Labs are affectionate and always want to interact with their people for petting and playing. They will bark to alert you to anything new happening or if a stranger approaches, but they’re not aggressive. They’re adaptable, easy-going, and gentle, making them an ideal dog for just about anyone to own.

labrador retriever standing on green meadow
Image Credit: fsHH, Pixabay

Training

Labs are highly trainable. They have a strong ability to learn new things quickly. Combined with a strong desire to do a job, the Lab will learn just about anything that you want to teach them. Positive training methods are best to keep the dog engaged and focused.

While Labs are naturally loving and docile, things can go wrong if a Lab puppy is not properly socialized or trained. Dogs that are not socialized correctly will be fearful, unruly, and timid. The Lab may show up with the right foundation to be a wonderful dog, but their ultimate personality depends on how they’re raised.

Health & Care

Labs require baths when they’re dirty. Aside from that, you can bathe them every few months or whenever they start to have an odor about them. Since Labs have floppy ears, regular ear cleaning is important to ward off ear infections. Whenever your Lab has been in the water, the insides of their ears should be thoroughly dried.

The high-shedding coat of the Lab should be brushed regularly to minimize shedding and help their coat stay shiny and clean. Keeping their nails trimmed is also important for paw health.

A high-protein kibble that’s balanced with vitamins and minerals is enough to keep your dog healthy. Treats are always encouraged, especially during training sessions, but should be kept to a minimum (for example, one treat broken into tiny pieces) to avoid weight gain. Labs are notorious for eating more than they should be allowed and gaining weight. Obese Labs can have health issues down the road.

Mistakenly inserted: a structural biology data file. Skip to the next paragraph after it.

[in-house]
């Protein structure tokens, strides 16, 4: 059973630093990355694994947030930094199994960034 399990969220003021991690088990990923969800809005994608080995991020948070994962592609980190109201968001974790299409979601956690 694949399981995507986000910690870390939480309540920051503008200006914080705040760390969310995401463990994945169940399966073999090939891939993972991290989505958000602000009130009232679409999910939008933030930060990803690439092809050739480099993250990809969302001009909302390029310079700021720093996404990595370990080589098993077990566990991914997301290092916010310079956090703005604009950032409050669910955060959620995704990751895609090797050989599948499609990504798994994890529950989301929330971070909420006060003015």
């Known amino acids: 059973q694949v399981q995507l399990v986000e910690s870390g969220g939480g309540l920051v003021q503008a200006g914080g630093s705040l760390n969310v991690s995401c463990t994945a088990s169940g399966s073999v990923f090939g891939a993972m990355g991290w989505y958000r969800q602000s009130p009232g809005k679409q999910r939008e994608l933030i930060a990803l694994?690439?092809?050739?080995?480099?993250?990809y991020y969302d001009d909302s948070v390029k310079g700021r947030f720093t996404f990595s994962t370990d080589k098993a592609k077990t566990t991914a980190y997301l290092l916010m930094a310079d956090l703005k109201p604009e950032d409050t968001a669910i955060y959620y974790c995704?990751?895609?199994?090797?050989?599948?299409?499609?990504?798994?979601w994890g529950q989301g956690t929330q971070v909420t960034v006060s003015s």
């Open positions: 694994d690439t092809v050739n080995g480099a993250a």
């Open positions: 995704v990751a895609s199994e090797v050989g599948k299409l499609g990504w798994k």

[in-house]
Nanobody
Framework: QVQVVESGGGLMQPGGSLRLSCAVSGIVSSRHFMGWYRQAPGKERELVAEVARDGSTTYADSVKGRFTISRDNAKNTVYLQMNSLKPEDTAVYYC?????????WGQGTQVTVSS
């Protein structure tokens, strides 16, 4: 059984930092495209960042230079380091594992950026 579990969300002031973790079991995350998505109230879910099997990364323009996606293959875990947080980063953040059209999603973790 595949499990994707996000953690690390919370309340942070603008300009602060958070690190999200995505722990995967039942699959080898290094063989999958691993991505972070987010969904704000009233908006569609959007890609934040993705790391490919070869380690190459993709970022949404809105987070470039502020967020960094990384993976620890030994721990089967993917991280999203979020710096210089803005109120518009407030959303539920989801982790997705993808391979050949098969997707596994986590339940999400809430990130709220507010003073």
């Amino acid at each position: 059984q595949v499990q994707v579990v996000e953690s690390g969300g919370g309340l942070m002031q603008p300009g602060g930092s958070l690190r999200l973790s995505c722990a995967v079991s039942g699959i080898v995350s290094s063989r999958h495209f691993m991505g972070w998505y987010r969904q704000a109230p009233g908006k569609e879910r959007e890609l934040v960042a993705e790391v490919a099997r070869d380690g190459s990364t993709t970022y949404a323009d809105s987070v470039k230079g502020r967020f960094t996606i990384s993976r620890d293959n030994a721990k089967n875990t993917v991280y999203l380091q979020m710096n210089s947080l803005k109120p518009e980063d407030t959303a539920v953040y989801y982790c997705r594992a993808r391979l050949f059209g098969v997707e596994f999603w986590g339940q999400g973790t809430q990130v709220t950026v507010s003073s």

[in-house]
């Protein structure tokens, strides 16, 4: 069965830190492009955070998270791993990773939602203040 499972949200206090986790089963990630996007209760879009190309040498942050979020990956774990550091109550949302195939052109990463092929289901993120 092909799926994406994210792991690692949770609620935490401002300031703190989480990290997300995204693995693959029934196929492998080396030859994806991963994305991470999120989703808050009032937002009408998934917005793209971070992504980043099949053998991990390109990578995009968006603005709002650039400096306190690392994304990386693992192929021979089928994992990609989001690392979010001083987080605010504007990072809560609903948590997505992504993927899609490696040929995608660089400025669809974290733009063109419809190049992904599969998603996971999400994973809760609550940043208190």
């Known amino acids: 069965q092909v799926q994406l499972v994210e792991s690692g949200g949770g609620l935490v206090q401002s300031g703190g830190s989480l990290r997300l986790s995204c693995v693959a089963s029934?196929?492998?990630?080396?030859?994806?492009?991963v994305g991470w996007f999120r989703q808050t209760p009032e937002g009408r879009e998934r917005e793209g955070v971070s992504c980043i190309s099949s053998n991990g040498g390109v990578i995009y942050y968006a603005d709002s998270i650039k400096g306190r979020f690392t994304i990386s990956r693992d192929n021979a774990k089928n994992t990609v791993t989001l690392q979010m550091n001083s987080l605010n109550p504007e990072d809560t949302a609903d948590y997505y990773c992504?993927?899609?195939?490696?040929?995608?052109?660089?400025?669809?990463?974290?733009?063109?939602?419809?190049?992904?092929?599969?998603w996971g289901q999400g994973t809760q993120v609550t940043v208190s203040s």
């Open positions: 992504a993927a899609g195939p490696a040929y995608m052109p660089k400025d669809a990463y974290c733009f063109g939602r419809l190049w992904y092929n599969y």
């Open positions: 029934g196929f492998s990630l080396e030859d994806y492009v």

Labs are prone to hip dysplasia, a condition where the hip joint becomes dislocated and causes extreme pain. The ball and socket of the hip joint rub together instead of gliding, leading to the deterioration of the joint. This makes walking difficult. Labs can go lame as a result, and since they are large dogs, it can be hard to care for them once they can no longer move. Regular vet visits and X-rays will determine if your dog is at risk for this disease. Hip replacement surgery is a treatment for this disease. Another treatment option is physical therapy.

Labrador Retriever
Image Credit: danielle828, Pixabay

Suitable for

Labs are suitable companions for active families or adult owners who want an active and playful dog. They will become a part of the family and bond to their people, wanting to be around them at all times. Labs are ideal for people with time to dedicate to their dog and who want a loving, affectionate addition to their homes.

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Which Breed Is Right for You?

Unless you’re in certain areas of Australia, having a pet Dingo is illegal. For residents of America, the Labrador Retriever is the best option. Those who can own a Dingo should be aware of the challenges that come along with having one. They can be stubborn, independent, and destructive. Their wild ancestry and high prey drives make living with other animals impossible. Most will take time to train, and socializing them early is a key to success.

Labs are affectionate and playful dogs that love people and want to be a part of the family. They’re social and happy, needing moderate levels of exercise and playtime to stay that way. Labs are smart, entertaining, and low-maintenance.

Whichever dog you choose to welcome to your family, make sure you are aware of their needs and are willing to put the effort in to keep them happy and healthy. You will have a rewarding companion for years to come.


Featured Image Credit: Storme22k (L), pixel2013(R), Pixabay